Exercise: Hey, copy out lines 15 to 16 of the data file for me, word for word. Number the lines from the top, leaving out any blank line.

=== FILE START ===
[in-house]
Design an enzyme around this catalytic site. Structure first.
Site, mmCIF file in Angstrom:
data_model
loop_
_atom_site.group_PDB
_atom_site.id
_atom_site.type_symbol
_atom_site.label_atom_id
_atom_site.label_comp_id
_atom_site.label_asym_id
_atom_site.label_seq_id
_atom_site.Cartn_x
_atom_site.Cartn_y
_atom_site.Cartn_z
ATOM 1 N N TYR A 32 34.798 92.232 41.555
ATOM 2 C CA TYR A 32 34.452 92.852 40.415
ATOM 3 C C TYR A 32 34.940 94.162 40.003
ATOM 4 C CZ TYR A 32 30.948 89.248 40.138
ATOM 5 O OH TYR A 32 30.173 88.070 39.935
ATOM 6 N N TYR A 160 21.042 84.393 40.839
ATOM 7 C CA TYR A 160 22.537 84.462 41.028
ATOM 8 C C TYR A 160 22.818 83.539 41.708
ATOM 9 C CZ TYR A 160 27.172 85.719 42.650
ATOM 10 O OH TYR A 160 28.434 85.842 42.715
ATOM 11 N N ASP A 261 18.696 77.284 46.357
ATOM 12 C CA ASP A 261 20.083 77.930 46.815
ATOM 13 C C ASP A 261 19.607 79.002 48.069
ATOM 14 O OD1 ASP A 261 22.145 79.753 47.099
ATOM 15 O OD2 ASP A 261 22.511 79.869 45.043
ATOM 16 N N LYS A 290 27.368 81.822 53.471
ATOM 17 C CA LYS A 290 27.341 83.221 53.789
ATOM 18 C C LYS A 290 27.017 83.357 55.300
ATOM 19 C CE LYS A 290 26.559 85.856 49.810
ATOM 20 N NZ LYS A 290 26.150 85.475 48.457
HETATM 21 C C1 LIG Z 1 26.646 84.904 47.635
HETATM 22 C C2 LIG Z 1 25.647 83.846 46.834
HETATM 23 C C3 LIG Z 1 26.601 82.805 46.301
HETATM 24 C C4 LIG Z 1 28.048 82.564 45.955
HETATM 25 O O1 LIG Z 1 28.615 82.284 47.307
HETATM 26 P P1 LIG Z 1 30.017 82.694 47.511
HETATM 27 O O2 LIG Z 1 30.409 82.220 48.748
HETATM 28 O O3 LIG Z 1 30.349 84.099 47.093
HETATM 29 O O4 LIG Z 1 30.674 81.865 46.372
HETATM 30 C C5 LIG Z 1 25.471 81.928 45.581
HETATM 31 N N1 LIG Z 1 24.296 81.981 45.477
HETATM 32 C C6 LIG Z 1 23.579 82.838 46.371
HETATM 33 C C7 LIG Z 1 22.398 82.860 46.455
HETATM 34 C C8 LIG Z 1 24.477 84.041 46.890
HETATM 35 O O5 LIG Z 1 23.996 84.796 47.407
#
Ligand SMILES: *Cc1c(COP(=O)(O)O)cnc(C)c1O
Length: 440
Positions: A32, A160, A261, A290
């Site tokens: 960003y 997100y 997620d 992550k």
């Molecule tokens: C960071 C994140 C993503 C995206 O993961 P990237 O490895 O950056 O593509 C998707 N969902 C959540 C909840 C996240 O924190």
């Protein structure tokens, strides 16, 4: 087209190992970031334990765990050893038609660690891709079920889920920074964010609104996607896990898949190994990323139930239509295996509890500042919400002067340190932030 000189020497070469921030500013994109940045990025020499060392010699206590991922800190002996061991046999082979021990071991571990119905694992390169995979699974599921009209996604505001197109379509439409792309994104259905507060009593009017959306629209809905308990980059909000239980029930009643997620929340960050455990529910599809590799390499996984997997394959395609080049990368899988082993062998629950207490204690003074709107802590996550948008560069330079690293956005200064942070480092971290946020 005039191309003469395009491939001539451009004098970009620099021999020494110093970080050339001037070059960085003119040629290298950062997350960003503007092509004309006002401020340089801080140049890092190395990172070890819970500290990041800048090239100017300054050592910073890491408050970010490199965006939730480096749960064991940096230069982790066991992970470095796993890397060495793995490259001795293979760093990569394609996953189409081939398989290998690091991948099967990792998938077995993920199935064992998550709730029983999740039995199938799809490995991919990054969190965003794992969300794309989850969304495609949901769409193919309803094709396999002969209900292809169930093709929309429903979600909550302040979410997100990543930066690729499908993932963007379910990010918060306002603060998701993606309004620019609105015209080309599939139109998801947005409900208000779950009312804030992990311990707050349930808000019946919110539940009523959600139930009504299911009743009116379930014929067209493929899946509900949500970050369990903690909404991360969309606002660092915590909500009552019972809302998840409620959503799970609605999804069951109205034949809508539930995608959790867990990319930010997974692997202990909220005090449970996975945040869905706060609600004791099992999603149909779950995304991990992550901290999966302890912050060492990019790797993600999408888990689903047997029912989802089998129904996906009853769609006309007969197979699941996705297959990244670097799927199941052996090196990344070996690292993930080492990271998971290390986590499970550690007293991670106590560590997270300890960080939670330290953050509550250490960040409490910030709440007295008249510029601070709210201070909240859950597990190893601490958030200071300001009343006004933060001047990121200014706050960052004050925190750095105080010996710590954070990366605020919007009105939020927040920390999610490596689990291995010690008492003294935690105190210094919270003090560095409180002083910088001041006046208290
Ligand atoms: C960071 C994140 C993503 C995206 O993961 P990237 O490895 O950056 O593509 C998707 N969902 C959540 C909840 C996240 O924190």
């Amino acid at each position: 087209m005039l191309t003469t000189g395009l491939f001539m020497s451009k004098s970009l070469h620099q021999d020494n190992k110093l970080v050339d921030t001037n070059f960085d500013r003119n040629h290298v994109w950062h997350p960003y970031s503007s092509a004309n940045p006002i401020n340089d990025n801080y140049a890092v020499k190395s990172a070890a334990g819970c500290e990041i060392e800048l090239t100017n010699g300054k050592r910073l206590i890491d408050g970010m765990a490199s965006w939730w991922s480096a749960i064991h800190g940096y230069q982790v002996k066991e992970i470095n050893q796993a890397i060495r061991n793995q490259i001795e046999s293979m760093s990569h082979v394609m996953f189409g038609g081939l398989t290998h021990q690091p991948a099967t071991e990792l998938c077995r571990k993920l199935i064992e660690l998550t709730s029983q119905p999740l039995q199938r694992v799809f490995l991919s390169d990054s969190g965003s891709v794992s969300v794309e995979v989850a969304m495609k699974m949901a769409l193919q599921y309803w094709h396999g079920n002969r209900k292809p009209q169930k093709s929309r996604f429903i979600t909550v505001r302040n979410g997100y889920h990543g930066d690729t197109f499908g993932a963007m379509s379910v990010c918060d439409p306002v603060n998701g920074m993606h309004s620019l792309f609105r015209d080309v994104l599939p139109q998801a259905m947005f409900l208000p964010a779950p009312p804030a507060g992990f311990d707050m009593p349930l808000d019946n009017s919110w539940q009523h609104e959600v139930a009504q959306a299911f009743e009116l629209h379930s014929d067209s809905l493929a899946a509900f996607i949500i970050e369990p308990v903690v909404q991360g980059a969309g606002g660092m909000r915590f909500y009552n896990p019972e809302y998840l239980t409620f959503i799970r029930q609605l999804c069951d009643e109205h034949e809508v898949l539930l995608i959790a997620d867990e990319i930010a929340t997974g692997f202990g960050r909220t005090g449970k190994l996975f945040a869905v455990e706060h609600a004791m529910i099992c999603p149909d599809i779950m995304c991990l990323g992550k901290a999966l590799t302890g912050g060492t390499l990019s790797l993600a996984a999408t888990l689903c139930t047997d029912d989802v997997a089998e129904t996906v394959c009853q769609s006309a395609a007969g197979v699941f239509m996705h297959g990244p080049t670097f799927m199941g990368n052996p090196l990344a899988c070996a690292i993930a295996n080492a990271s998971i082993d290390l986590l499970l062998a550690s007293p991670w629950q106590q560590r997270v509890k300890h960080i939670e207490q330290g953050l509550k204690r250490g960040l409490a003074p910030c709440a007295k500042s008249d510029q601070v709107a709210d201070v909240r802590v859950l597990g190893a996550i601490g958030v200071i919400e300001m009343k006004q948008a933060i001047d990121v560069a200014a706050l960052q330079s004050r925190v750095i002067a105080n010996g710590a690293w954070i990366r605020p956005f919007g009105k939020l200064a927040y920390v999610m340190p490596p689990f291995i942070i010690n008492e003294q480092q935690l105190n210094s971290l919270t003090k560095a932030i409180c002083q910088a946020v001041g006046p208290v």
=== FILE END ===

_atom_site.Cartn_z
ATOM 1 N N TYR A 32 34.798 92.232 41.555